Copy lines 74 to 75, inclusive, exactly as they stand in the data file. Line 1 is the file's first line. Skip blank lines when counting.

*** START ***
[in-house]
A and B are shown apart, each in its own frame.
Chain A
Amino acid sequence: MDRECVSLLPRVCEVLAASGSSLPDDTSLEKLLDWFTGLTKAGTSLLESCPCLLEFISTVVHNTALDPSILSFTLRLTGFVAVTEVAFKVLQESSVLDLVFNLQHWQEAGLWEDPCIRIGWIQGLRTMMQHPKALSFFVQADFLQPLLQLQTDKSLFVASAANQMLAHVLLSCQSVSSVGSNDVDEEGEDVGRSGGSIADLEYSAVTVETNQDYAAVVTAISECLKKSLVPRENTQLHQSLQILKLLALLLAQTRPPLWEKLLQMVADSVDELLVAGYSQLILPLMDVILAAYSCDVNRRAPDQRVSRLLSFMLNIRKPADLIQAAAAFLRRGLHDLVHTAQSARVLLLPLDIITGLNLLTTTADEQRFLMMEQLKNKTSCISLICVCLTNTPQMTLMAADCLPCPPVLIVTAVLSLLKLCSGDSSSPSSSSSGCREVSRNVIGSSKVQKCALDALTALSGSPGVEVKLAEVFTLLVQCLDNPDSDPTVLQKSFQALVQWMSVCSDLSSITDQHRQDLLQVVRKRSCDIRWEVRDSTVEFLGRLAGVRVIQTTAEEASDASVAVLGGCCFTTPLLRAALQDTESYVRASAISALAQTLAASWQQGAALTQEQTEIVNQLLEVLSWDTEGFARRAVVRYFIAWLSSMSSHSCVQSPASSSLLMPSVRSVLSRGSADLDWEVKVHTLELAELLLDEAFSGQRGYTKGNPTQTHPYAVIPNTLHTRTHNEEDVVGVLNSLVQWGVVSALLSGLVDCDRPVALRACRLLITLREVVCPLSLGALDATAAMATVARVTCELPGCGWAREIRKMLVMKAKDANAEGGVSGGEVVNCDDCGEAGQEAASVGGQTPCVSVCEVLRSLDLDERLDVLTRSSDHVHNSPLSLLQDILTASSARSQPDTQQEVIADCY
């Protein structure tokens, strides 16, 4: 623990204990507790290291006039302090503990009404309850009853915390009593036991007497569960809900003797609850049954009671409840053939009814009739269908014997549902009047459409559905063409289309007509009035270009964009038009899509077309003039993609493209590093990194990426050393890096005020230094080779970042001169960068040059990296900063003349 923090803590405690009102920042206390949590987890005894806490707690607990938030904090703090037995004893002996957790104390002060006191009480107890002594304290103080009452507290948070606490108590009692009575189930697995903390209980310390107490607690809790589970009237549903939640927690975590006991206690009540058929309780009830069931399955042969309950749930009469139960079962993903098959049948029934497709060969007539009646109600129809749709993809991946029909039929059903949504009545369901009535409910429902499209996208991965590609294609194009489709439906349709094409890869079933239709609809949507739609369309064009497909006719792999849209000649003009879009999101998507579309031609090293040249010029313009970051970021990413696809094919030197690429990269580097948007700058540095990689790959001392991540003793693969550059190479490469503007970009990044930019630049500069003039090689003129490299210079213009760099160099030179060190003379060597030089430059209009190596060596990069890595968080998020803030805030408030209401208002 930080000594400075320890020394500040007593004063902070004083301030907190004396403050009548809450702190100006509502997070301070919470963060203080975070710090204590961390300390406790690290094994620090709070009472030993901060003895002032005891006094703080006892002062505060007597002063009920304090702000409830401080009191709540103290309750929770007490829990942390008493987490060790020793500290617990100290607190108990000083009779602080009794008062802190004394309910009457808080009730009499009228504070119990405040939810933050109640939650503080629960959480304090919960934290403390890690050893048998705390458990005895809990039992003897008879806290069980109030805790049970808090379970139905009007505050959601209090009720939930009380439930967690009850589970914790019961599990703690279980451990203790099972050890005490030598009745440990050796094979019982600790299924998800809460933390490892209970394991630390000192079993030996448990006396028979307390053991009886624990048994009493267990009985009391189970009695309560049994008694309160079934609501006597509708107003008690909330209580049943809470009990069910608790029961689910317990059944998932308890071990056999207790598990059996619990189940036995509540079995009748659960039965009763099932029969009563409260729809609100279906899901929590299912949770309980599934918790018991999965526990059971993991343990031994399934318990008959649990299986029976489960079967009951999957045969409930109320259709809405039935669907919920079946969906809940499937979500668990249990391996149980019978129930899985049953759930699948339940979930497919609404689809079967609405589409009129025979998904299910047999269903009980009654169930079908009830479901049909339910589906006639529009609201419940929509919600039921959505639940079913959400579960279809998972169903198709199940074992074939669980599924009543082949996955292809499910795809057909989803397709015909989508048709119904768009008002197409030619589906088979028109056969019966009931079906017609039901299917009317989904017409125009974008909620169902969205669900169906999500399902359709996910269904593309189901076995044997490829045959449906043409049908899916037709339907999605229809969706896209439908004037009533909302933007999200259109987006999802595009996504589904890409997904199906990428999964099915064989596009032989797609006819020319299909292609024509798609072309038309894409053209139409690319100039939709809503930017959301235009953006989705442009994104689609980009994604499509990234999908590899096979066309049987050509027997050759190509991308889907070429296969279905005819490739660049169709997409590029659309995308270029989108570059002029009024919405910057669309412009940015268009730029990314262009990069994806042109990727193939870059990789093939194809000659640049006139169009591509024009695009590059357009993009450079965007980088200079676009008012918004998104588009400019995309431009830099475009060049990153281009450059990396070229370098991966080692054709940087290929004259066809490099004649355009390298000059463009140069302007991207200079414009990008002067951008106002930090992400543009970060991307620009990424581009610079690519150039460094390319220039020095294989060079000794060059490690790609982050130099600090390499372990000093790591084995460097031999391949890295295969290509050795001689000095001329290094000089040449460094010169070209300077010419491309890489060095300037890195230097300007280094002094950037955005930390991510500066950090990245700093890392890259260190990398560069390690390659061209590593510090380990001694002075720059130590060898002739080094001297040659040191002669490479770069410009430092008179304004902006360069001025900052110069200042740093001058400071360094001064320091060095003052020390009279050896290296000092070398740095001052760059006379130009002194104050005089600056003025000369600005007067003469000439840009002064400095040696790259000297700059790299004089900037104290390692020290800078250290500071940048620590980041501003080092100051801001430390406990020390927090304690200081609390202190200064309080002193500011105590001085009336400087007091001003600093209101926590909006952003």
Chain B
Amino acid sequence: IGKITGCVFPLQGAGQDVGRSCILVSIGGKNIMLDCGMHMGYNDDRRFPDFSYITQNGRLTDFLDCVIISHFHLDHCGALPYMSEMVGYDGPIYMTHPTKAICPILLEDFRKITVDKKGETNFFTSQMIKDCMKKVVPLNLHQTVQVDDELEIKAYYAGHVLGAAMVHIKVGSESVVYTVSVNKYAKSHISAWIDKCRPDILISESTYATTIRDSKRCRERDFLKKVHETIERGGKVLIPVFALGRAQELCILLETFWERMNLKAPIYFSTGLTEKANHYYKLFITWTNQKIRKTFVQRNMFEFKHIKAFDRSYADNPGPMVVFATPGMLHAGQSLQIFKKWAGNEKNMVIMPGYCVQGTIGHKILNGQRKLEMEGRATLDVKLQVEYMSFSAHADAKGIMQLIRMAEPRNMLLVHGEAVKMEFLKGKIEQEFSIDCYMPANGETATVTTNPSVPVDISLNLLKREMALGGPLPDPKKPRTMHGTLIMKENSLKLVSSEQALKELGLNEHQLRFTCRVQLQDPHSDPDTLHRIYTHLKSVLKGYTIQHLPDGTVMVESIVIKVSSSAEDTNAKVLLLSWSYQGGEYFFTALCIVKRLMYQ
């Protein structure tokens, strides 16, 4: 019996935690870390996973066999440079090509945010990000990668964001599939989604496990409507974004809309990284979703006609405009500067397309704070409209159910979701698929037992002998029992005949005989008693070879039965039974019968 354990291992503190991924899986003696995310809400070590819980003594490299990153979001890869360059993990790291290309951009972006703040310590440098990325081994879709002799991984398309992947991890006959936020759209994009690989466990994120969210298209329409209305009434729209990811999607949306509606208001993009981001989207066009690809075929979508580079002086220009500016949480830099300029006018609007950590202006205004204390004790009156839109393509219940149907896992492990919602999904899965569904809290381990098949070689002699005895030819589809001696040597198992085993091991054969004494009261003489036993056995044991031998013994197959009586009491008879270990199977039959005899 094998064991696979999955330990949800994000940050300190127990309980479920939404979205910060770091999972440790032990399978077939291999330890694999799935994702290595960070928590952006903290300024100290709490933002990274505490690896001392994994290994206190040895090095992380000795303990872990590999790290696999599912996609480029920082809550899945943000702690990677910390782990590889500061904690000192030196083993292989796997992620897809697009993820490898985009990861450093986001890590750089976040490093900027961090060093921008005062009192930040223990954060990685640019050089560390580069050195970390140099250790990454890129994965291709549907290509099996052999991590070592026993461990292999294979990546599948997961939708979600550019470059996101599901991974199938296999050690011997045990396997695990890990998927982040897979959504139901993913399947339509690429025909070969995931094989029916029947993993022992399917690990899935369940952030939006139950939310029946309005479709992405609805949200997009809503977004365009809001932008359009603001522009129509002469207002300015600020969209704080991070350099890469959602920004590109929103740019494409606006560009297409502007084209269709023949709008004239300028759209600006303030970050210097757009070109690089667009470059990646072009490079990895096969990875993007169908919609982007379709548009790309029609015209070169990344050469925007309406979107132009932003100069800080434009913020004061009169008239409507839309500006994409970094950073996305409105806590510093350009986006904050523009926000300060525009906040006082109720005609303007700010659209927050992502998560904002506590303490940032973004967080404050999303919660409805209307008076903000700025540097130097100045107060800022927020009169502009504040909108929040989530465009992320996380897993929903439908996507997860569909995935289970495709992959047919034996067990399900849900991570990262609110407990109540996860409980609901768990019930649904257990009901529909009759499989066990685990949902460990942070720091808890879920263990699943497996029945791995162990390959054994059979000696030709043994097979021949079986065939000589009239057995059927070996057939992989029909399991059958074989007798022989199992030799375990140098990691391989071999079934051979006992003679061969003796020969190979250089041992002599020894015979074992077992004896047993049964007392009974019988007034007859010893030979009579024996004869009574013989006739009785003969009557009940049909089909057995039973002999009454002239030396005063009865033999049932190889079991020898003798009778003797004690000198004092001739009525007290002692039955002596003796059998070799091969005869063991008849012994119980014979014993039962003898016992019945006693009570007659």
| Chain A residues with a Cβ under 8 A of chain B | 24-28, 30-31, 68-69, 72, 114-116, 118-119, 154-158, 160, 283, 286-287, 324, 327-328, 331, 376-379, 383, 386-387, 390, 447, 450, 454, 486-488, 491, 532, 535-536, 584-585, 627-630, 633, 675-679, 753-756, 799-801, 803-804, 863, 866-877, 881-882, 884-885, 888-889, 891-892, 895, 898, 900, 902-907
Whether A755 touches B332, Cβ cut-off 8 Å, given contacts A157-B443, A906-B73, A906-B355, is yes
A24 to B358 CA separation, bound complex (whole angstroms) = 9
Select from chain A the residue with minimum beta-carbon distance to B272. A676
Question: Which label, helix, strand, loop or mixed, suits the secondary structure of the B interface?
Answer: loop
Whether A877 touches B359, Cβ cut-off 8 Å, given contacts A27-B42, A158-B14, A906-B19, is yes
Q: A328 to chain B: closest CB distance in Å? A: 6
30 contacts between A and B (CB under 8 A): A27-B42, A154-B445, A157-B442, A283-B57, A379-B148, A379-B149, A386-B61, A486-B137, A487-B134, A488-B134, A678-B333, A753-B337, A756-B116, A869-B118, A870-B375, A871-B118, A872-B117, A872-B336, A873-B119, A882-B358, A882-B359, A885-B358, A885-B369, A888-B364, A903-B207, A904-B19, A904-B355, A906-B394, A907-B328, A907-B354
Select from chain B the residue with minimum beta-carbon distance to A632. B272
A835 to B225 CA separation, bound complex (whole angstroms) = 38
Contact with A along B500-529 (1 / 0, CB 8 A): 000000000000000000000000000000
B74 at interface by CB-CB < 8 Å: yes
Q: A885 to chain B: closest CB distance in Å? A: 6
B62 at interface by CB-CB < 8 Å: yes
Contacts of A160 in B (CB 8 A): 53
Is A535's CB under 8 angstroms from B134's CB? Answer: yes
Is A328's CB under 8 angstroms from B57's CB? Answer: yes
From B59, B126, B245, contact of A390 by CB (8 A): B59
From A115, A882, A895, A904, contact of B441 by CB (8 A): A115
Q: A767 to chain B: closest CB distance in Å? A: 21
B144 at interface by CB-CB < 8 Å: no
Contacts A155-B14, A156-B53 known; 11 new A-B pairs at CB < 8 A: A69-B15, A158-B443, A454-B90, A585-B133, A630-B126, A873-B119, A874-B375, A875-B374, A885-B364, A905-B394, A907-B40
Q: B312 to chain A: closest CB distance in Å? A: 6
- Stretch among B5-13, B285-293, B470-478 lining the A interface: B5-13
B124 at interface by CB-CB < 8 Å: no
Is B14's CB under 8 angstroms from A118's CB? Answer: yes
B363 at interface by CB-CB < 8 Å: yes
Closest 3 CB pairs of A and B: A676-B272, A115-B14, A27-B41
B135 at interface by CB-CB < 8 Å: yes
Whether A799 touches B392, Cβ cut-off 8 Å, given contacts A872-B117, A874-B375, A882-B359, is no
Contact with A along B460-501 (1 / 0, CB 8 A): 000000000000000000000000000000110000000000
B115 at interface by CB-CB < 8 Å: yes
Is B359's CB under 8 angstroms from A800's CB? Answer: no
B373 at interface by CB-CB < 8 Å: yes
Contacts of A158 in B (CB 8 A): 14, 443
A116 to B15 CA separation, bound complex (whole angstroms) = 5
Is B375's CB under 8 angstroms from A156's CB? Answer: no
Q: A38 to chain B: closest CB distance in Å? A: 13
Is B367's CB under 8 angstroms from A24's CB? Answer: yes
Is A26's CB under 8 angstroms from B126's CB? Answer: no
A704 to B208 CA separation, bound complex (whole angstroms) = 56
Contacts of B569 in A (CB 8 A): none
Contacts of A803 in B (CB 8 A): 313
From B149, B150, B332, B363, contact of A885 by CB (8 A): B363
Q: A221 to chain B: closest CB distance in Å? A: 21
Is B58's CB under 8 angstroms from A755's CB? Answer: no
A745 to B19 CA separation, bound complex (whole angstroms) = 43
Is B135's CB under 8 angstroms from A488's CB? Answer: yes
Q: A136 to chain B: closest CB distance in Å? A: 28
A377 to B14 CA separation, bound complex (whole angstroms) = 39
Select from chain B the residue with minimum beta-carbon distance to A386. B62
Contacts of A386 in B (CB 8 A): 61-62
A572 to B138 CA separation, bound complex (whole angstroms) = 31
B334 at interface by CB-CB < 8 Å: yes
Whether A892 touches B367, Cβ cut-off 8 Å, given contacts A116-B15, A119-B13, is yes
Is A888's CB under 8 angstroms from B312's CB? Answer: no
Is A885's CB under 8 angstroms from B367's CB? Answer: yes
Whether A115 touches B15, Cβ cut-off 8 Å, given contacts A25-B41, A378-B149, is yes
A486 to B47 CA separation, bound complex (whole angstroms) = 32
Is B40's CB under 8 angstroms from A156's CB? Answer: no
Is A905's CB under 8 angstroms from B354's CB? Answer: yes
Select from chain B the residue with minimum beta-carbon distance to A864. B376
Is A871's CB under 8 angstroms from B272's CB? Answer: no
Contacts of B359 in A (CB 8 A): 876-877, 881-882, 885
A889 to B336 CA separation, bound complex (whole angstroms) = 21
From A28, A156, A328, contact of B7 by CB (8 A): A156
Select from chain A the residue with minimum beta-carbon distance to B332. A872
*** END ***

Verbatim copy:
A889 to B336 CA separation, bound complex (whole angstroms) = 21
From A28, A156, A328, contact of B7 by CB (8 A): A156